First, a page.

Kyoto Animation President Speaks Out on Death Sentence of Studio Arsonist

Kyoto Animation President Speaks Out On Death Sentence Of Studio Arsonist Tokyo Anime Award Festival 2022 Teaser Visual

Yesterday we reported the conviction of Death penalty of the arsonist who attacked the animation studio Kyoto Animation and after the verdict and sentence, the president of the Kyoto Animation, Hideaki Hattaissued a statement.

Hideaki Hatta stated:

According to the rules of law, we receive the appropriate response and judgment. To the judges who shouldered this heavy responsibility for such a long period of time, and to the investigators, police, court officials and all others who were committed to conducting a fair investigation and trial, I wish to express my deep respect.

Even after the trial, the sadness I feel hasn’t changed one bit. I feel nothing but pain in my heart when I think of the members of Kyoto Animation who lost their lives, those who were injured, and the sadness of their loved ones.

I pray that the memory of the animation works they poured their hearts and souls into, and the efforts of the surviving members every day to continue doing such works, will connect their spirits with us, including those who joined Kyoto Animation since the incident.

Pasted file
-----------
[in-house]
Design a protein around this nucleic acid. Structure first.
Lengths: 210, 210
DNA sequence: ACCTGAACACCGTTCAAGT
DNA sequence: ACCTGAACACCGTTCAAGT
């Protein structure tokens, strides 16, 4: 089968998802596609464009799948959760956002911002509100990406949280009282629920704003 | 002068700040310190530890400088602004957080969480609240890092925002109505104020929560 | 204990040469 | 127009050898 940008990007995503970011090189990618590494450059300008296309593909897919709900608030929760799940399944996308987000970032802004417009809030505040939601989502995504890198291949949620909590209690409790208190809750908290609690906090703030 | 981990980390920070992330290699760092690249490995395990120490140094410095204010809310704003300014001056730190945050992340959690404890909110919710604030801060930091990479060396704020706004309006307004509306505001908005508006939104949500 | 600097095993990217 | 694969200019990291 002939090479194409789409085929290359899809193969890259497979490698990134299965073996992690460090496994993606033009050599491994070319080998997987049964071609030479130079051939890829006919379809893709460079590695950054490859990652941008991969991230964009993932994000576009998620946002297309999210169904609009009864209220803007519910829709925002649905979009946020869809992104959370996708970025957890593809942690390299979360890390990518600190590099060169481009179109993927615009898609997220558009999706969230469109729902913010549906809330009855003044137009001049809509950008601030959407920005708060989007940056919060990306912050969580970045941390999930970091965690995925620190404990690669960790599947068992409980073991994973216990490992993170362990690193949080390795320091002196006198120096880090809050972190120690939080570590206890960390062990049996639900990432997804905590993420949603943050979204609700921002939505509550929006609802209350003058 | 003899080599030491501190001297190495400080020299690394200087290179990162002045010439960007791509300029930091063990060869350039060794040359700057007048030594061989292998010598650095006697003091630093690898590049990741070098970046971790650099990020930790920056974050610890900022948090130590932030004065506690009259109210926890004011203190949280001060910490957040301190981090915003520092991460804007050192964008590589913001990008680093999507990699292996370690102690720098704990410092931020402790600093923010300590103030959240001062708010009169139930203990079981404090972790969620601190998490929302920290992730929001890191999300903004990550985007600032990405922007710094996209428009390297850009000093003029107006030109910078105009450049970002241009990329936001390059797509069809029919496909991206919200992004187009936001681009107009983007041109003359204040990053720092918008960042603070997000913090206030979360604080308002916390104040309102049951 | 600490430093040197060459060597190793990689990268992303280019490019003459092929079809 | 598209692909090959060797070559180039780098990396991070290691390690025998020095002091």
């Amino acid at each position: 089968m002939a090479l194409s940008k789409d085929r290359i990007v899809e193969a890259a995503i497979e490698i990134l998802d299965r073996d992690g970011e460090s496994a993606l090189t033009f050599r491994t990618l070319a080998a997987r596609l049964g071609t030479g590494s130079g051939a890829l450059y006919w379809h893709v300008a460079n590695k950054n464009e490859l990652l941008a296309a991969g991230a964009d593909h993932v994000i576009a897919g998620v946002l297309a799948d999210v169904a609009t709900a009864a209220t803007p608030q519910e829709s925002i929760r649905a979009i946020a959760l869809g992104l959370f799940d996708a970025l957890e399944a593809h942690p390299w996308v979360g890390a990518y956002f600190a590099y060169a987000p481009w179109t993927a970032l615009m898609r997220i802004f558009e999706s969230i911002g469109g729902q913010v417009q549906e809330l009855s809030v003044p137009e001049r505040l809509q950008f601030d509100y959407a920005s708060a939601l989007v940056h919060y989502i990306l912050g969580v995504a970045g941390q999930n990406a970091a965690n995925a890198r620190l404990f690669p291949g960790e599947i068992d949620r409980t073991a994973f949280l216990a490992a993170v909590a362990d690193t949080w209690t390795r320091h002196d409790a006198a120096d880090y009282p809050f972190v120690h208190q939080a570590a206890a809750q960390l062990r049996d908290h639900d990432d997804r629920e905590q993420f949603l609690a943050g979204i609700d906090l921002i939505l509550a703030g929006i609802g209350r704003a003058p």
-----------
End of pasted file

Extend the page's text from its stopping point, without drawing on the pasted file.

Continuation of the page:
We will dedicate ourselves to continuing to value our workers, showcase their individual talents and create animated works from now on.

Another prominent figure involved in the incident is the doctor Takahiro Ueda. During the arson attack, the Aoba He suffered serious injuries from the flames he caused, with burns covering more than 90% of his body when he was taken into custody. During the following four months, Ueda served as an assistant physician Aobaperforming an extensive series of skin transplants using cultured copies of Aoba’s remaining skin.

Takahiro Ueda stated:

I guess you could say that saving (Aoba’s) life was significant because it allowed him to stand trial. I’m sorry, but I have absolutely no sympathy for him and I want him to feel the weight of the crime he committed.

The knowledge acquired from the procedures carried out Shinji Aoba have been used to save the lives of burn victims in other parts of Japan.

Execution dates are not publicly announced in advance by the Japanese justice system, and even those convicted are usually only informed on the day of their hanging, and are instead usually announced after the execution has taken place.

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